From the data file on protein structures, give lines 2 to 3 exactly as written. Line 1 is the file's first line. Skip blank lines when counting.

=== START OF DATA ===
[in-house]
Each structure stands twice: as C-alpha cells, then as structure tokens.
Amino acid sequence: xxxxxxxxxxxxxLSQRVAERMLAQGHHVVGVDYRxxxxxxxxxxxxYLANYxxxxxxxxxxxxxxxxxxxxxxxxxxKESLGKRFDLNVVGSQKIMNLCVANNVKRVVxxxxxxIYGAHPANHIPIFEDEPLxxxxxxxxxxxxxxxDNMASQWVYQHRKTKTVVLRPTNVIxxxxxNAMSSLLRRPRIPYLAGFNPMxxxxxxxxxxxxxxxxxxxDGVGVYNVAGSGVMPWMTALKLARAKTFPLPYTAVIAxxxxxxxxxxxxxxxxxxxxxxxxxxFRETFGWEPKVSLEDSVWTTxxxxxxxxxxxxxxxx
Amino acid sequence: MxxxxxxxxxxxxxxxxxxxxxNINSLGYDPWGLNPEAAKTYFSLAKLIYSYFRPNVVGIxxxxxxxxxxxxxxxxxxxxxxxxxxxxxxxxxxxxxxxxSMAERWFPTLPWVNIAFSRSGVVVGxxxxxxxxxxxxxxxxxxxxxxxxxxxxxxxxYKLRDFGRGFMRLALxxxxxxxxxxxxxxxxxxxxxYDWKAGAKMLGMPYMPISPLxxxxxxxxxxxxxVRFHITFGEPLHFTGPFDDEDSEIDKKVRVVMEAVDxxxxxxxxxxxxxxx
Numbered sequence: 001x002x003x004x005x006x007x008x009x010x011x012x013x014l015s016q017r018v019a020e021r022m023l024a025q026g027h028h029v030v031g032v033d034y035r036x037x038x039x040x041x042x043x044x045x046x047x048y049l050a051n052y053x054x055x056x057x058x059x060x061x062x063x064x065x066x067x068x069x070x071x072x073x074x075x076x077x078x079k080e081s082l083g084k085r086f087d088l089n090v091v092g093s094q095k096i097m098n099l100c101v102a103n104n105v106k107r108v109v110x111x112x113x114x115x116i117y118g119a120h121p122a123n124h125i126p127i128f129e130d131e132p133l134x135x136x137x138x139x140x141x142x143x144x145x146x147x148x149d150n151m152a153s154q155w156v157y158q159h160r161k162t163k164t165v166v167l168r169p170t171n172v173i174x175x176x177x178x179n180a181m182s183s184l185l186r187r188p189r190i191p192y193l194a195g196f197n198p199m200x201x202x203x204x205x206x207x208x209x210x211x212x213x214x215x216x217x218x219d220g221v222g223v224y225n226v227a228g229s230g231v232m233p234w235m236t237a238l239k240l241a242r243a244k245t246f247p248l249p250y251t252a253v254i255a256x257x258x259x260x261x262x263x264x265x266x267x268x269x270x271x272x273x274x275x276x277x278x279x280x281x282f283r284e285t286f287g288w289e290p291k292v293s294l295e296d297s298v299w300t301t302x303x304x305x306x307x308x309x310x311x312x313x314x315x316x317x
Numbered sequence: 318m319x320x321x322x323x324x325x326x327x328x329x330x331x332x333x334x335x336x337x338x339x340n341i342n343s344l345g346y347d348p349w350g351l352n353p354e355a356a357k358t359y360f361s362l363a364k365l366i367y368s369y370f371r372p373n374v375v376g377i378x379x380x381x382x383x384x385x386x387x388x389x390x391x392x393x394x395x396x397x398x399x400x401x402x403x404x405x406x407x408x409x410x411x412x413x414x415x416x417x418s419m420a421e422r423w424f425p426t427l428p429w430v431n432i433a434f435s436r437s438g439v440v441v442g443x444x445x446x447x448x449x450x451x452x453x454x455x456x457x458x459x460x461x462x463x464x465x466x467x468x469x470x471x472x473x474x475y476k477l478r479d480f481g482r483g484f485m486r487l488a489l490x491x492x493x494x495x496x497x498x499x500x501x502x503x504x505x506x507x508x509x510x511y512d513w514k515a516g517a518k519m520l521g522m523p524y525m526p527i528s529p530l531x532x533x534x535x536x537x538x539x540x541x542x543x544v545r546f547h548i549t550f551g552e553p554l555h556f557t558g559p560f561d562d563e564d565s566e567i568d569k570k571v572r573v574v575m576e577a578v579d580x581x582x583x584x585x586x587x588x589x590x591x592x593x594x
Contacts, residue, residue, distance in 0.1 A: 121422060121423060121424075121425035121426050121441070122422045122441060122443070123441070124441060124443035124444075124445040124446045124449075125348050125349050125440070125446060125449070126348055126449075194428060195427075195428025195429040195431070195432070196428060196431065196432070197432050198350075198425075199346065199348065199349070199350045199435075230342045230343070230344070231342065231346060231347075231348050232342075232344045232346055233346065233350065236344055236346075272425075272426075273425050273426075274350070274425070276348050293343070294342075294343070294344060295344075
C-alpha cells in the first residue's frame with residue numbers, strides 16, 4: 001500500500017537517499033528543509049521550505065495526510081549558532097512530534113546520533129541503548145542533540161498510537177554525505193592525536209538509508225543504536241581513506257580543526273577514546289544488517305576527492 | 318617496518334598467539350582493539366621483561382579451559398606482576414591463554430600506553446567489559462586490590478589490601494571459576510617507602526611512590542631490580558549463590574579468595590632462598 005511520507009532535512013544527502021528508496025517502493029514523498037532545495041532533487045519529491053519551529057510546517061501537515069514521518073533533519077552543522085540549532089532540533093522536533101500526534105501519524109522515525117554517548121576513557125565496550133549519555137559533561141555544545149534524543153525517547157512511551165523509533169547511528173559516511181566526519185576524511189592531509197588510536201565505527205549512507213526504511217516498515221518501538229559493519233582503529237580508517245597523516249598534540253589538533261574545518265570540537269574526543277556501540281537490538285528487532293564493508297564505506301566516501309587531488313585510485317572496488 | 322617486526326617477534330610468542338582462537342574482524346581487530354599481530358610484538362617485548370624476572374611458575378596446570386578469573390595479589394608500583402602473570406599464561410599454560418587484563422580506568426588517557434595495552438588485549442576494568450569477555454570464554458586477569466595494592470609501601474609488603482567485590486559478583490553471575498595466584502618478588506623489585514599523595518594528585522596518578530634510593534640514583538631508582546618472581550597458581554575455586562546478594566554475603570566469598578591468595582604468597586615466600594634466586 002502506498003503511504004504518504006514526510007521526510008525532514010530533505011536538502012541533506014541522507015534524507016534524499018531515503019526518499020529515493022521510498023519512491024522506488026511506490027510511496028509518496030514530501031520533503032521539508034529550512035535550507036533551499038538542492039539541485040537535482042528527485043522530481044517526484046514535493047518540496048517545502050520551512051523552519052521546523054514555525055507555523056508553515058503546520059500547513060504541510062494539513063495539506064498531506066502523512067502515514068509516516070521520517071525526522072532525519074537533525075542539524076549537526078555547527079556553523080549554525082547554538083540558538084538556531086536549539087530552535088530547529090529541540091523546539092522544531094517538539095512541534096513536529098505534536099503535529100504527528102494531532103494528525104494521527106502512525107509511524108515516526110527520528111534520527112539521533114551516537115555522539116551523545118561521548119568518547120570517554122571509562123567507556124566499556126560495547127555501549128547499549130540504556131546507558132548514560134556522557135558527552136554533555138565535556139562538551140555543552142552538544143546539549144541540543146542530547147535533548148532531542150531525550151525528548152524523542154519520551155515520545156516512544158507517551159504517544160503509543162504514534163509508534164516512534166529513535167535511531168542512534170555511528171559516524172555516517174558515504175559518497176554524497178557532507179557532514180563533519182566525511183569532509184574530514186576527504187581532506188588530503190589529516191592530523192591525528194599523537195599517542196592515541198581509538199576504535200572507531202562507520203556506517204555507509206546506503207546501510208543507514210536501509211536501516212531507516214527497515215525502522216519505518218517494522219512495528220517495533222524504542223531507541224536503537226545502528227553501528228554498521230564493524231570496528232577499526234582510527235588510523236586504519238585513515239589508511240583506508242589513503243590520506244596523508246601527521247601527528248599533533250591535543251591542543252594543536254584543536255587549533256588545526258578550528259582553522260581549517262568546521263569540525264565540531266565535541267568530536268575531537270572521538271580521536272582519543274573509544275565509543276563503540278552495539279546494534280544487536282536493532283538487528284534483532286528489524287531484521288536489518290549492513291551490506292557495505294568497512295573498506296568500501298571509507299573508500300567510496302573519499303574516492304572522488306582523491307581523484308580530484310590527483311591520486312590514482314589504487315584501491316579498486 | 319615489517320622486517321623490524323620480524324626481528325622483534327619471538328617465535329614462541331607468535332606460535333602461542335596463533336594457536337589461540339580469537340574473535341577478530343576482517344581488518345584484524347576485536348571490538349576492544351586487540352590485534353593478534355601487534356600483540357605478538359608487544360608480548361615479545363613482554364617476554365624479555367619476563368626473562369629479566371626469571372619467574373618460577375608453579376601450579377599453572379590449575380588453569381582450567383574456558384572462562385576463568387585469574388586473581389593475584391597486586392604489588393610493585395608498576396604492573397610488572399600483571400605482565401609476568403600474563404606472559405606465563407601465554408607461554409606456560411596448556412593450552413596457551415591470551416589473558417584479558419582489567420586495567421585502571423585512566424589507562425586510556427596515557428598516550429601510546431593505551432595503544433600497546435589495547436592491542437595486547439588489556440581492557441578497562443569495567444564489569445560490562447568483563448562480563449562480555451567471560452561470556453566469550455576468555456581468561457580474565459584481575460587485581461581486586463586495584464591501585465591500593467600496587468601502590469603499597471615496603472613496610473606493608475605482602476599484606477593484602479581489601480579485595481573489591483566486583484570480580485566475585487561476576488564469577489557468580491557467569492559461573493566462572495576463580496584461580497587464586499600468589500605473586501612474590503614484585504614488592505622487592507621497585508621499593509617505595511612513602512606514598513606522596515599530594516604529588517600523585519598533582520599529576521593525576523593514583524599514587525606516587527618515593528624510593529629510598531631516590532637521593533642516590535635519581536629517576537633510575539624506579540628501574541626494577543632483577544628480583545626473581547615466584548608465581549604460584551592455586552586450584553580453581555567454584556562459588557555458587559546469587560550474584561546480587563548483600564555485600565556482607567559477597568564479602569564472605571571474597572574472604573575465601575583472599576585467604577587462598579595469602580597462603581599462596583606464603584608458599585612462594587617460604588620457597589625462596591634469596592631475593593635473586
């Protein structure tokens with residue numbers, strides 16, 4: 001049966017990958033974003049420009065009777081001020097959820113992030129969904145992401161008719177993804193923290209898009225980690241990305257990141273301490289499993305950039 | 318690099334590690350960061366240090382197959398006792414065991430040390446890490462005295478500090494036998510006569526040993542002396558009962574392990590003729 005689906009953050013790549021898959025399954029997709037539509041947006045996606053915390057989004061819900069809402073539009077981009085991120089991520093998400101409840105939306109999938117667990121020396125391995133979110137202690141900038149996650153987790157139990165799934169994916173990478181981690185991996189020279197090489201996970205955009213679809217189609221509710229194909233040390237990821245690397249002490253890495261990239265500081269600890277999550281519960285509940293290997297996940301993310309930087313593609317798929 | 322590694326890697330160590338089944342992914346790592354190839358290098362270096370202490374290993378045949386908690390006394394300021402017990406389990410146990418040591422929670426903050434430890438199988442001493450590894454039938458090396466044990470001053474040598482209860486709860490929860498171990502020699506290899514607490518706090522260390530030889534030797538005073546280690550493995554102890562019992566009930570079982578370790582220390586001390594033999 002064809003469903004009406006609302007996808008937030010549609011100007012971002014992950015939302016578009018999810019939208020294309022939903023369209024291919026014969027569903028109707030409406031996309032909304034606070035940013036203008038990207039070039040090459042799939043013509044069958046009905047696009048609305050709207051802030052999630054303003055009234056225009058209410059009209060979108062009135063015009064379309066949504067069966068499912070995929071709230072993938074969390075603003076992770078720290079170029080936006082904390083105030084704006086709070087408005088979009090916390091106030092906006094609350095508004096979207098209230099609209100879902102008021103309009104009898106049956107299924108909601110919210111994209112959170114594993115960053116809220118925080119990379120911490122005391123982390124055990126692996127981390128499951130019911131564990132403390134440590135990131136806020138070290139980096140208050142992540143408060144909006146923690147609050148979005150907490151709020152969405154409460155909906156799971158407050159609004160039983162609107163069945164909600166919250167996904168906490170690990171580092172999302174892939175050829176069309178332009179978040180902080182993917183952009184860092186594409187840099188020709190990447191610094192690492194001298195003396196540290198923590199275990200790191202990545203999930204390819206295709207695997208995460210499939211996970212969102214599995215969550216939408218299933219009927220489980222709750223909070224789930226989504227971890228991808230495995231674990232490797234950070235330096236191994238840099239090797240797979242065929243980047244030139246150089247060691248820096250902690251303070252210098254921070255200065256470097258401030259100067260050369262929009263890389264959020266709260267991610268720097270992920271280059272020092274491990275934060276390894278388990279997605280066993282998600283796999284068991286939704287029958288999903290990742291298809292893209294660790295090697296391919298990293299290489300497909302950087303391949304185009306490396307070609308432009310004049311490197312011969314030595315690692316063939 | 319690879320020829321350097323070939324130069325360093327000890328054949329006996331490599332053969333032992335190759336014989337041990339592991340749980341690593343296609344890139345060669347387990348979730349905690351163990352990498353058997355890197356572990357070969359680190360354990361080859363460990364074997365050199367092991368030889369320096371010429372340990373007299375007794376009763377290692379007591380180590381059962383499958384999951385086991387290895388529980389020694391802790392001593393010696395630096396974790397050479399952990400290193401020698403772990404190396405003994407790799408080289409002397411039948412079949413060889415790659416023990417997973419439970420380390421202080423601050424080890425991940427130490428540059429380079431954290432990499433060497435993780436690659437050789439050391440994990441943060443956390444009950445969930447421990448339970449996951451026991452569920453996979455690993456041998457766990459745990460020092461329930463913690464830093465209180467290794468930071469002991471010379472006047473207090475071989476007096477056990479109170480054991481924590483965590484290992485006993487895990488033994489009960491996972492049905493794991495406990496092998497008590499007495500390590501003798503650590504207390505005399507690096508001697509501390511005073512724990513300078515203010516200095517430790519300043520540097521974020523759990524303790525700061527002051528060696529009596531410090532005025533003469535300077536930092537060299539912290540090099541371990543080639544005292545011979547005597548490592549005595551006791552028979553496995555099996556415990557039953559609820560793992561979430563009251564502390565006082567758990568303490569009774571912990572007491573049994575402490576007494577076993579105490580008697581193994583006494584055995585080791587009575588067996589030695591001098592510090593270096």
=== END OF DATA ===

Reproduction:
Each structure stands twice: as C-alpha cells, then as structure tokens.
Amino acid sequence: xxxxxxxxxxxxxLSQRVAERMLAQGHHVVGVDYRxxxxxxxxxxxxYLANYxxxxxxxxxxxxxxxxxxxxxxxxxxKESLGKRFDLNVVGSQKIMNLCVANNVKRVVxxxxxxIYGAHPANHIPIFEDEPLxxxxxxxxxxxxxxxDNMASQWVYQHRKTKTVVLRPTNVIxxxxxNAMSSLLRRPRIPYLAGFNPMxxxxxxxxxxxxxxxxxxxDGVGVYNVAGSGVMPWMTALKLARAKTFPLPYTAVIAxxxxxxxxxxxxxxxxxxxxxxxxxxFRETFGWEPKVSLEDSVWTTxxxxxxxxxxxxxxxx